Tuesday, February 16, 2010

Montville Rock Piles - recent use?

Photographer Ted Hendrickson writes:

Here is something about the Montville site have been visiting; This is in reference to pwax's post of Feb. 2. As he was puzzling over the Miller Hill site, he referenced Mavor's comments:

"...We came across some reasonable answers to the enigma posed by the mound rather quickly, to our surprise, that is, in a couple of years. We believe we now know how the mound was built, when it was built, and the names of some of the people involved. But most important of all, as it turned out, the investigation opened the door to 'invisible Indians', descendants of Native Americans, living among the general population, who prefer not to be recognized, but who carry on many of the old traditions...." It made me think of an experience I had recently. We live in Southeastern CT, where, as many of you know, the "invisible Indians" are no longer invisible but run two of the largest casinos in the world. Both tribes are working to retain and regain their cultural history. The Mohegans have an especially long tradition of this. Being new to this "rock pile" thing we mentioned it to a neighbor of ours who is a pretty involved tribal member. She had no idea what we were talking about. And yet, an experience I had at the end of December made me think that the "piles" may still be actively used.
We stumbled upon this area in early November, looking for the Montville “souterrain”. Turned out we were in the wrong area, just north of the correct zone, but still on Beaverdam Hill. Many cairns, rock piles and covered boulders. The small piles were difficult to spot through the leaf litter, but I shot many of them anyway, not wishing to disturb anything. This was a heady experience, my first convincing encounter with a clearly ritualized local landscape.

I returned a week or so later. Looked for some of the boulders we had seen previous and the large mound we had seen. It was unclear to me if it was field clearance or purposeful. Discarded tire was confusing, the rough panorama shows the large pile that merges with the slope on the other side. When I returned to my car, the police had put a orange sticker on my window that read "suspicious vehicle". I was safely pulled off in, what appeared to me, a parking spot. Hmmm...
I returned at the end of December to photograph with large format camera and poke around the side of the large mound where I had seen some bottles on the last visit. This time I put a sign inside my windshield, "Photographer In Woods" , just in case the police came by again. The glass bottles were gathered into a pile at the base of a sapling, Others were scattered about, some on the mound itself. A small stack was on the flank of the pile with some bottles near it. It looked more recent than the covered boulders in he area. The bottles were not ancient, but not brand new. I would estimate that they might be from the last 30 years, a mixture of bottles, flasks, and jars. Not sure what I was looking at exactly, but it was intriguing. As I was packing up my camera, I heard a car/truck stop on the road, back up and stop. Doors slammed shut. I made my way back to my car and as I was putting my equipment away two men emerged from the woods on the opposite side of the road where I had been. Looked like your average Joe's. As they got closer the lead guy started giving me a pretty big stink about this area being private property and how I shouldn't be there... and what were you taking pictures of anyway, etc., etc. I adopted a conciliatory attitude, apologizing but noting that there were no signs posted and no houses or structures of any kind in view. I assured him I was "just a photographer" only taking pictures, not disturbing anything, just enjoying the landscape. He made no claim to be the owner and I did not think fast enough to ask if he knew who's property it was. Just wanted to exit smoothly and quickly as possible... They left grumbling. I have not had a chance to see if I can figure out who owns this tract, but it would be interesting to find out. Before they left, they pointed out an Nature Reserve nearby where I could wander instead...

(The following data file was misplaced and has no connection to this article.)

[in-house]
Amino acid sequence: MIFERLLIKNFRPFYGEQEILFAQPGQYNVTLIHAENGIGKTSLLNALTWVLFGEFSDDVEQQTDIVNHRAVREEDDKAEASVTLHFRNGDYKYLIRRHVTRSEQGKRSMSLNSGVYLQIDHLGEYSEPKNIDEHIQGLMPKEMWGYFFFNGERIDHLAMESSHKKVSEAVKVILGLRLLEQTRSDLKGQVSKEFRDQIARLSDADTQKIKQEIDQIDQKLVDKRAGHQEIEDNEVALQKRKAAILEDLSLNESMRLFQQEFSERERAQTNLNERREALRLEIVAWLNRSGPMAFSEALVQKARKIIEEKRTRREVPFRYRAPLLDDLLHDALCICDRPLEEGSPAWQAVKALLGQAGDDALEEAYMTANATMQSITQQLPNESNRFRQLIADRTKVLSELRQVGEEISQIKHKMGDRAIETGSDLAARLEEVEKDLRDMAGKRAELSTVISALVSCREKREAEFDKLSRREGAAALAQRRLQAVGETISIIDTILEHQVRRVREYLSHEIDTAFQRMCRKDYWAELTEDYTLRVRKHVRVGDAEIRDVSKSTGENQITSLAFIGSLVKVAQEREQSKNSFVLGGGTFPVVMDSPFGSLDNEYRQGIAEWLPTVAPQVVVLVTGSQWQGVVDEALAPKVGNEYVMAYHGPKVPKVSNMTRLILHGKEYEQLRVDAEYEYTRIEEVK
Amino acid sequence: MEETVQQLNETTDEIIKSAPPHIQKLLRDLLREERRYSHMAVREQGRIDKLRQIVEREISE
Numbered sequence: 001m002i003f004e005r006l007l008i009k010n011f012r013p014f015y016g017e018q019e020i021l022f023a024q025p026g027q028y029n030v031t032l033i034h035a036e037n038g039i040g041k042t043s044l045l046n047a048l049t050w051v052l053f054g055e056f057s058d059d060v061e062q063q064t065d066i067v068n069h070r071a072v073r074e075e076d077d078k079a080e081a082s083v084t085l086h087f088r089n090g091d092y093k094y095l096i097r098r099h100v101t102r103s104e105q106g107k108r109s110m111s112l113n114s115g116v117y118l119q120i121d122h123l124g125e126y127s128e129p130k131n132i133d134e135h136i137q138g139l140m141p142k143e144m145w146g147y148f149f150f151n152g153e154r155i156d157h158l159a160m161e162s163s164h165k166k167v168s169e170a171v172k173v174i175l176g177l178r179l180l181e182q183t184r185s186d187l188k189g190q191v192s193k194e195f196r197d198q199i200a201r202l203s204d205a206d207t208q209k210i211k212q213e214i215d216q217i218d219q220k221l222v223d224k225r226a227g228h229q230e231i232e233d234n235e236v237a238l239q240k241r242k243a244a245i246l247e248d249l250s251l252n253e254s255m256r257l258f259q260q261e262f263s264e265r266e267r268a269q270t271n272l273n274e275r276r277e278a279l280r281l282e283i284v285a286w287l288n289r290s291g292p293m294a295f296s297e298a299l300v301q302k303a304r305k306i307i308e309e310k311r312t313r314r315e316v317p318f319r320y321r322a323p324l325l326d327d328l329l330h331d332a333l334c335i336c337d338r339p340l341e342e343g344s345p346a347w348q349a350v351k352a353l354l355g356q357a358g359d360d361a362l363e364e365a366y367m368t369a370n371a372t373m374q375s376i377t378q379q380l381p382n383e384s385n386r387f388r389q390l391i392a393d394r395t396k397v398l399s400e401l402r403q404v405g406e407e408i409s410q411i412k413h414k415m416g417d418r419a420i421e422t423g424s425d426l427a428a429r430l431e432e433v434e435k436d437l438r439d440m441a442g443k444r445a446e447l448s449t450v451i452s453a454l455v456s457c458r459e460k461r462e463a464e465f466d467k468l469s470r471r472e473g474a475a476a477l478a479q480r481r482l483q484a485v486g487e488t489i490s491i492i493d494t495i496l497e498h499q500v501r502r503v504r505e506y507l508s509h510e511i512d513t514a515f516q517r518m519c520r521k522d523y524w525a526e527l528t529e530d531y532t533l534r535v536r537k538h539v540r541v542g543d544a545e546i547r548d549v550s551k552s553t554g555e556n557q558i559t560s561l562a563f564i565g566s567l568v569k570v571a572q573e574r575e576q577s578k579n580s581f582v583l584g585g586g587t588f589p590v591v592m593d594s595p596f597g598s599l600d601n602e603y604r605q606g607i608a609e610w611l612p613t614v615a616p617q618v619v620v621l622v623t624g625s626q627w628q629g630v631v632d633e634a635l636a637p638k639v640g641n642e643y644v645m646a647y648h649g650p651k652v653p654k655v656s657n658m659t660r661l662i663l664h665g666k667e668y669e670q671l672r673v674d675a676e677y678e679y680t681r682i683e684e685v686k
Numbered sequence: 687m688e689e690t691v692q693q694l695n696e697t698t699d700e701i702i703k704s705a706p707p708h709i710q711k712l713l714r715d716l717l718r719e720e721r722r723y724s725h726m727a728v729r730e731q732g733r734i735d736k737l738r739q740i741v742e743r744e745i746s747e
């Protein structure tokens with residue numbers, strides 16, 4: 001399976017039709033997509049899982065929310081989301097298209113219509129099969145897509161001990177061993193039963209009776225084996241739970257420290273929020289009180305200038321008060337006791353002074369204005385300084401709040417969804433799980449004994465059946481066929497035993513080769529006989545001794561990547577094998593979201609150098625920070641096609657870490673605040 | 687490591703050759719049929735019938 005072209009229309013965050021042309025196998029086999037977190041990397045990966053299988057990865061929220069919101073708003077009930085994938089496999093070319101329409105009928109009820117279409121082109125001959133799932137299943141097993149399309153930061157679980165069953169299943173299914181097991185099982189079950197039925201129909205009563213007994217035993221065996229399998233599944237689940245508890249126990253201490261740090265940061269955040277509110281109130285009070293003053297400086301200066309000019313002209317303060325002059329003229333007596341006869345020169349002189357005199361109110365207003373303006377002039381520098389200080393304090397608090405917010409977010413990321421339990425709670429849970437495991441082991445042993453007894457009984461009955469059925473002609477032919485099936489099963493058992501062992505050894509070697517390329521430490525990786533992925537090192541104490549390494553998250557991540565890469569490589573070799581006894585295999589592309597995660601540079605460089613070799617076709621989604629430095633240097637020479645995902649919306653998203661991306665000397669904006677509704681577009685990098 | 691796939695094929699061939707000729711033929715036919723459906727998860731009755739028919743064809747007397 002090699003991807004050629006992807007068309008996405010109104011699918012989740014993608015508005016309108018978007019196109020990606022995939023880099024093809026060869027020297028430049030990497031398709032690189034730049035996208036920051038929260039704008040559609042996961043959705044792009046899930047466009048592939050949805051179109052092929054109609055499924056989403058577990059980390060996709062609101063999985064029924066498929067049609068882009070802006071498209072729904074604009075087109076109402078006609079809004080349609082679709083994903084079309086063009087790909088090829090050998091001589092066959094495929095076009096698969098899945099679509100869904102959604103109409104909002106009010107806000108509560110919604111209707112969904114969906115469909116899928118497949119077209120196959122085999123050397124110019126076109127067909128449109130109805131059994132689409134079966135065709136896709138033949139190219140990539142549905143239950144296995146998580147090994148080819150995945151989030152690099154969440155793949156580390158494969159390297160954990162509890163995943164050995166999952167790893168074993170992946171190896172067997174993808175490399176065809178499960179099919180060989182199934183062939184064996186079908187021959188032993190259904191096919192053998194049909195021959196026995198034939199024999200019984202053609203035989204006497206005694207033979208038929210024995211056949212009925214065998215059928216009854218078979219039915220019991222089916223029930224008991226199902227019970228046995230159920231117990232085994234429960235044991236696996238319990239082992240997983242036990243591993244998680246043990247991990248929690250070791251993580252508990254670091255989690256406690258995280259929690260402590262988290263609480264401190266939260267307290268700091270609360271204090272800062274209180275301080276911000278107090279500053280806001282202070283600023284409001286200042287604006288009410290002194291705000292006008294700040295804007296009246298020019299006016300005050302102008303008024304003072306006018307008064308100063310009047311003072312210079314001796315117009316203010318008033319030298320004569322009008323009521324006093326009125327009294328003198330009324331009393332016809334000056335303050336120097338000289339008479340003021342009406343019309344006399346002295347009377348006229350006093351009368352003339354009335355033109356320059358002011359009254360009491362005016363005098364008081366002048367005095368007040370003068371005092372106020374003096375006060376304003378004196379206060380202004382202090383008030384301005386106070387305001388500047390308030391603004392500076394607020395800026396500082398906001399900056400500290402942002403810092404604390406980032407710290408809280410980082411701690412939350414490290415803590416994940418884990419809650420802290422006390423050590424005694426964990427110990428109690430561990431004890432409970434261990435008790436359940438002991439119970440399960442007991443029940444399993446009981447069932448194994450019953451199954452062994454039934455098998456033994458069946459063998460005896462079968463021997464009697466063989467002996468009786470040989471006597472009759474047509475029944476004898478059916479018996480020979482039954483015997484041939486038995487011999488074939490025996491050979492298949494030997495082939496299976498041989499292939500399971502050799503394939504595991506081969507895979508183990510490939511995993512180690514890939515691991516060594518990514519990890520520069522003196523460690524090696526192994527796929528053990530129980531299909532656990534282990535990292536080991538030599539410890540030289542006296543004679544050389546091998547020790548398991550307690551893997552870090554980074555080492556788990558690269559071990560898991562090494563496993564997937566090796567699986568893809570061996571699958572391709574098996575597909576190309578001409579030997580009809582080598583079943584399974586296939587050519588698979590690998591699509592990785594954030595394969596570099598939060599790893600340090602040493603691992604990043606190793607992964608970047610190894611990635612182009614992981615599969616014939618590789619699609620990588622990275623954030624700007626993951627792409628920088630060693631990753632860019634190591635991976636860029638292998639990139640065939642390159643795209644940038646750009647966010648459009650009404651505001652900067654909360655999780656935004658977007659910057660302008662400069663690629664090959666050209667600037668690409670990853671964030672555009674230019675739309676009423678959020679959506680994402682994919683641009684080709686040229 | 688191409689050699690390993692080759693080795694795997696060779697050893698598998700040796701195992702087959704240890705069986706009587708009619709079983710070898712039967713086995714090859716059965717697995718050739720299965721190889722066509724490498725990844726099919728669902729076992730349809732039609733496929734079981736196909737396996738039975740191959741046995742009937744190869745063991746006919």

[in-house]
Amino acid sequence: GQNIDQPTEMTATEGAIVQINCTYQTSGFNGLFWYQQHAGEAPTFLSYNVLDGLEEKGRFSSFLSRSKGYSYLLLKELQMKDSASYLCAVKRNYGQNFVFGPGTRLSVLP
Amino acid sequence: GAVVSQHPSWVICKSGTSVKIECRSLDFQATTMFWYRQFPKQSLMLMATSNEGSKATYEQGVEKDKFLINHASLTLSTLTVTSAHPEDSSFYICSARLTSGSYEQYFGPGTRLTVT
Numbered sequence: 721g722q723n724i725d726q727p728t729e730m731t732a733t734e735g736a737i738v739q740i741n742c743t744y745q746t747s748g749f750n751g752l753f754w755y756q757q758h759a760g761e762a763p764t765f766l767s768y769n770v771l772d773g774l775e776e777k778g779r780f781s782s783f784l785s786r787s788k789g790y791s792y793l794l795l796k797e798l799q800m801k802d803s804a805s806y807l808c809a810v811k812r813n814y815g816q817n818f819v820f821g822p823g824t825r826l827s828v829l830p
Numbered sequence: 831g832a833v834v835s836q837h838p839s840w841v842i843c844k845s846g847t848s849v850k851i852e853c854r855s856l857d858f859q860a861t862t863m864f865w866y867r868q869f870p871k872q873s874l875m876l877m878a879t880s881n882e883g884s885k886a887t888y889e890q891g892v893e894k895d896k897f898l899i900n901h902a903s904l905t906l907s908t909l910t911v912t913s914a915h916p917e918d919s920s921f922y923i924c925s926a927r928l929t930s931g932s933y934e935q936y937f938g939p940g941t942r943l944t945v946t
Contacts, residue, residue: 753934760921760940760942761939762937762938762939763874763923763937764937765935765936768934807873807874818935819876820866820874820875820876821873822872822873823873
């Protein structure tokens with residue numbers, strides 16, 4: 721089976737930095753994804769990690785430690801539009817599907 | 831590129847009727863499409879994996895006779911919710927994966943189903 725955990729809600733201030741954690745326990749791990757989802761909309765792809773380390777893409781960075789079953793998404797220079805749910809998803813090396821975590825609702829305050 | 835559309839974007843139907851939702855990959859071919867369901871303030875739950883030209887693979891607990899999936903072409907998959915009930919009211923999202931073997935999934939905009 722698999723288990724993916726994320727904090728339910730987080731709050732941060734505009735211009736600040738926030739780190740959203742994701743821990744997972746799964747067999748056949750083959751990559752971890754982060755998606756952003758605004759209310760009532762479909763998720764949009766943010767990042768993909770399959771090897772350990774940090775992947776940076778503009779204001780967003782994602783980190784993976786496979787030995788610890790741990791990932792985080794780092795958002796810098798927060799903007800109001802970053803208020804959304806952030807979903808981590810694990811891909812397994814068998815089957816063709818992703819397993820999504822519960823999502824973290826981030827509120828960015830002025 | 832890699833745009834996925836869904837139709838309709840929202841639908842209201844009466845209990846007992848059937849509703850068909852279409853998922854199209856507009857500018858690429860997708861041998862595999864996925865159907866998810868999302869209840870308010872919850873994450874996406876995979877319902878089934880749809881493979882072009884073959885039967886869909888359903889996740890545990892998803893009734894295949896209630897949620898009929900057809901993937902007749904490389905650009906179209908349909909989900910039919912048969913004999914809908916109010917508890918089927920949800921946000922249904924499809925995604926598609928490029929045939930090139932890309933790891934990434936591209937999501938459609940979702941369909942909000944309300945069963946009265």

It took until I got back home that I realized they might be worried about the site as tribal members but did not want to tip their hand about the significance of the area? So, I'm kind of spooked now until I can figure out who owns these woods and whether I can get permission to investigate further. Its a pretty special place. After seeing some the recent posts I wonder if the large pile is a tumbled down platform mound?

If anyone wants to see more photos go to:
Go to "My Albums" then click on Montville 1, 2 and 3


Norman said...

I am fairly familiar with Beaverdam Hill. If I were you, I would ask one of the neighbors about your experience. There is a family that lives on the same side side as the souterrain and just south of the high tension line. The house sits away from the road a bit on a slope. This person owned land on Beaverdam Hill and should know of other landowners.

I once did a deed search of the land with the souterrain, and found out that the previous owner was named Dart, and taxes had not been paid on the property for about 100 years. That was years ago, and perhaps the land has since sold. I'd check up on that. The Montville Town Hall should also have information on landowners.

Ted Hendrickson said...

Thanks Norman. I intend to look at the Town Hall when I get a chance.